Throwback Thursday: Four Wheels Better Than None.

by Dave Anderson 3

This week’s Throwback Thursday comes from Issue 60, which is available free in our app.


Words and pics by Benji Haworth and Louise Bush


The riders you see in these photos are not wacky off-road recumbent-riding, attention seekers. They are physically disabled. They have lost the use of their legs. Their inspirational story is a testament, not just to the human spirit and all that clichéd stuff, it’s a testament to the sheer addictive allure of riding dirt. That overwhelming compulsion that cannot be stopped no matter how big the obstacle. No matter what the cost.

I met up with Phil, Dave and Paula from the Rough Riderz club at Ae Forest, just over the border in Scotland. Rough Riderz is a club set up to give wheelchair users the opportunity to enjoy the thrills of off-road four-wheel mountain bike riding. They want to spread the knowledge and different experiences of the various people involved. Through their website they also share information on things such as recommended UK trails, the opening of new trails, recommended foreign locations and holidays.

Phil is the main man behind Rough Riderz. Phil used to be able-bodied. He used to take part in all kinds of extreme sports. Then he was involved in a motorbike accident.

After leaving hospital he tried his hand at a few different extreme sports tailored for disabled people over the next few years. Things like jetskiing for example. But nothing was giving him the same sort of feeling as riding wheels on dirt. Then he heard rumours of guys on the other side of the Atlantic who were hurling themselves downhill on four-wheeled mountain bikes in places like Whistler and Colorado. Phil says “I heard rumours of four-wheeled mountain bikes after leaving the spinal unit in February 2004. Then I saw a poster of it at a disabled activity centre in the Lakes in 2005. The only clue was a web address in small print in the corner of the poster, so I decided to investigate further. I was very excited and intrigued at the possibility of doing an extreme sport again, especially downhill biking.”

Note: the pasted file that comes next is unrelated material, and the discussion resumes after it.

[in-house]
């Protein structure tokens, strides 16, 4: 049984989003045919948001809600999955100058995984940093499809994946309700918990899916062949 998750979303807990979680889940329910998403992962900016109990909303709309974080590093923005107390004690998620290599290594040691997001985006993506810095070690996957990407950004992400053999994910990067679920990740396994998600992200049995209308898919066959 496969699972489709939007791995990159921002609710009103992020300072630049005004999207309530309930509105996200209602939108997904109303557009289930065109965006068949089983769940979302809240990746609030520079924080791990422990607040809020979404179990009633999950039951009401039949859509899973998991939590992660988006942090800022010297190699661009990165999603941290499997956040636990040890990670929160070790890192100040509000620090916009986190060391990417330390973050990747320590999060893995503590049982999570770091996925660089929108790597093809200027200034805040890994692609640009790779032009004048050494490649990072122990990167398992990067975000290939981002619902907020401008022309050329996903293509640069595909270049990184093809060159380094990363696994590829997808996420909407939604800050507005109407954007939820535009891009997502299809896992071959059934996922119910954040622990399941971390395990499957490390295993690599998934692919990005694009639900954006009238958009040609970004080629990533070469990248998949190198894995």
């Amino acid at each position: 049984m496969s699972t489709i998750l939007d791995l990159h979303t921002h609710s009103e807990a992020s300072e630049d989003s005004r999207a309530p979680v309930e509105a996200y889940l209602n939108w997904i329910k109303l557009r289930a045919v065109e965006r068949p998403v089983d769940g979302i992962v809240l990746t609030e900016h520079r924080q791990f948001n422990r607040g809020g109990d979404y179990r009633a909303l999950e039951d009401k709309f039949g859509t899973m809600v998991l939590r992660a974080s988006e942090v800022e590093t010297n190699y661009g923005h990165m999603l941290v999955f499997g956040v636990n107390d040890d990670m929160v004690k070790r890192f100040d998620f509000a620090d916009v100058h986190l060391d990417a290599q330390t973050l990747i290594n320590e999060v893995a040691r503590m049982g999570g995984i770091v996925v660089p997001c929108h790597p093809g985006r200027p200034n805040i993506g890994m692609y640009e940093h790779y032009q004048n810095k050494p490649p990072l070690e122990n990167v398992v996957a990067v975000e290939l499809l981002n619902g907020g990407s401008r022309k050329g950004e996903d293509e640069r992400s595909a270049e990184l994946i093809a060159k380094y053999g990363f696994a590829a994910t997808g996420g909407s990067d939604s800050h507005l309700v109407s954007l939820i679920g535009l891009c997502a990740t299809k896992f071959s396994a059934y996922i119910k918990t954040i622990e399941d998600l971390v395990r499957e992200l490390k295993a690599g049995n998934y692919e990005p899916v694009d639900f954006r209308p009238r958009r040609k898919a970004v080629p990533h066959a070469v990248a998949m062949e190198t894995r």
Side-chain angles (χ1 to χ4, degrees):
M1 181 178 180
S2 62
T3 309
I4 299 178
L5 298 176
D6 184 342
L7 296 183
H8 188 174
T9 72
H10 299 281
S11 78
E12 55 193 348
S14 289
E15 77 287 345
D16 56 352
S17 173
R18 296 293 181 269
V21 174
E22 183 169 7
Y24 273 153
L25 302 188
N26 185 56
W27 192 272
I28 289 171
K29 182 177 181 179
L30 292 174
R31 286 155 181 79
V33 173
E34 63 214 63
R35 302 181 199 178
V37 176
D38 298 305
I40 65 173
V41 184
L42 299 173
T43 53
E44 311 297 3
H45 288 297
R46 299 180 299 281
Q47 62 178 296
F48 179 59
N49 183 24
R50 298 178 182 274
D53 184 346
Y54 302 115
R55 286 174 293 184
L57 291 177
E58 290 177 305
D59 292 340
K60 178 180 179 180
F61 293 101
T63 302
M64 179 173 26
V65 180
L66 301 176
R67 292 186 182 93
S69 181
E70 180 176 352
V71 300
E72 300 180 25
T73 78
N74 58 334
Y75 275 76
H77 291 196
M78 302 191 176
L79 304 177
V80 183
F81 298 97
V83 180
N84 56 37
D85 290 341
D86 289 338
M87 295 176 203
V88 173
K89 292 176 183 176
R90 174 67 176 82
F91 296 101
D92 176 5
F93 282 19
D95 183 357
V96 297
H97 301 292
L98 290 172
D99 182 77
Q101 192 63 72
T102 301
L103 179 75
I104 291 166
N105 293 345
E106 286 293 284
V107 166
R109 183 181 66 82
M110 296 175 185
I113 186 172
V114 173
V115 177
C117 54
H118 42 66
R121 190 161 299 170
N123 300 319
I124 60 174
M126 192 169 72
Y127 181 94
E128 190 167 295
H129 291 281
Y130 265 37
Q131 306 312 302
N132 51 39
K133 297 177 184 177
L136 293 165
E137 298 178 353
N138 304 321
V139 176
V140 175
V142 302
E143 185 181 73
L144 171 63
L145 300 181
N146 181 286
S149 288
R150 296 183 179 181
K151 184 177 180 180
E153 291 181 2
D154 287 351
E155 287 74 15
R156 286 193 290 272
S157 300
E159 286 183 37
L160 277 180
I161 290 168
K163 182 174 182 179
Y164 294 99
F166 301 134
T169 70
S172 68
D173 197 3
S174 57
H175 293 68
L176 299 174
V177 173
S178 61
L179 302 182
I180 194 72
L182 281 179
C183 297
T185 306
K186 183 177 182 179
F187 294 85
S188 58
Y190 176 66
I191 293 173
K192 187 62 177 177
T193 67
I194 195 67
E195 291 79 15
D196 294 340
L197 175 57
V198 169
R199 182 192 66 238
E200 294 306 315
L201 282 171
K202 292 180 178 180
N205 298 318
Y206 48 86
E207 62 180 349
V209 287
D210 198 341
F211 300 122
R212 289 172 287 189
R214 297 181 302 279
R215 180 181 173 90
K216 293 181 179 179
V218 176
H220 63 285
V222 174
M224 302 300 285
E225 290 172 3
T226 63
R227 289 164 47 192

Without much delay he got on a plane and headed out there to see it and, more importantly, try it himself. He returned to the UK a couple of weeks later with a £6000 four-wheeled mountain bike among his luggage. And a mission. Phil: “After an amazing week of mountain biking on four wheels in Colorado, it was during the flight back to the UK that I decided I wanted to increase the awareness and participation in this sport. Starting a club just seemed like the easiest and most obvious way to do this.”

Ae Forest is one of the Rough Riderz’ favourite places to ride. Phil: “The Shredder and Omega Man trails [at Ae] are perfect for our bikes. They provide an exciting, challenging and sometimes scary venue to test our skills”. Now I like climbs as much as the next man, but I never refuse an uplift. Thanks some generous folk at the Forestry Commission, the Rough Riderz often get permission to take their van to the top of the trails using the fireroads.


Best foot in mouth.

We quickly reached the top of The Shredder and after I committed a few (kindly ignored or unnoticed) Alan Patridge-isms such as proclaiming “let’s saddle up” or complaining about my aching legs, we were off and rolling; me on two wheels, them on four. The trail starts on a flattish section with a few small, 6in step-downs. I was following Phil and Dave and, to be brutally frank, they were slow. Patronising thoughts such as “good on them though for trying” passed through my brain (thankfully I’d stopped Partridge-ing out loud by this point). And then something genuinely shocking happened. The trail tipped down, curved around and became very loose. And Phil and Dave left me for dead. They four wheel drifted around the bend, exiting the corner just as fast – maybe faster – as when they entered it. I was skittering my way down behind them much, much slower and sketchily. As I exited the corner, much slower than the speed I entered it, I just about caught a glimpse of Phil and Dave sling-shotting around the next hairpin and dropping down into the treeline and out of my sight. It took me a good while to catch up with them (God bless flat bits). I could see why they liked coming to Ae.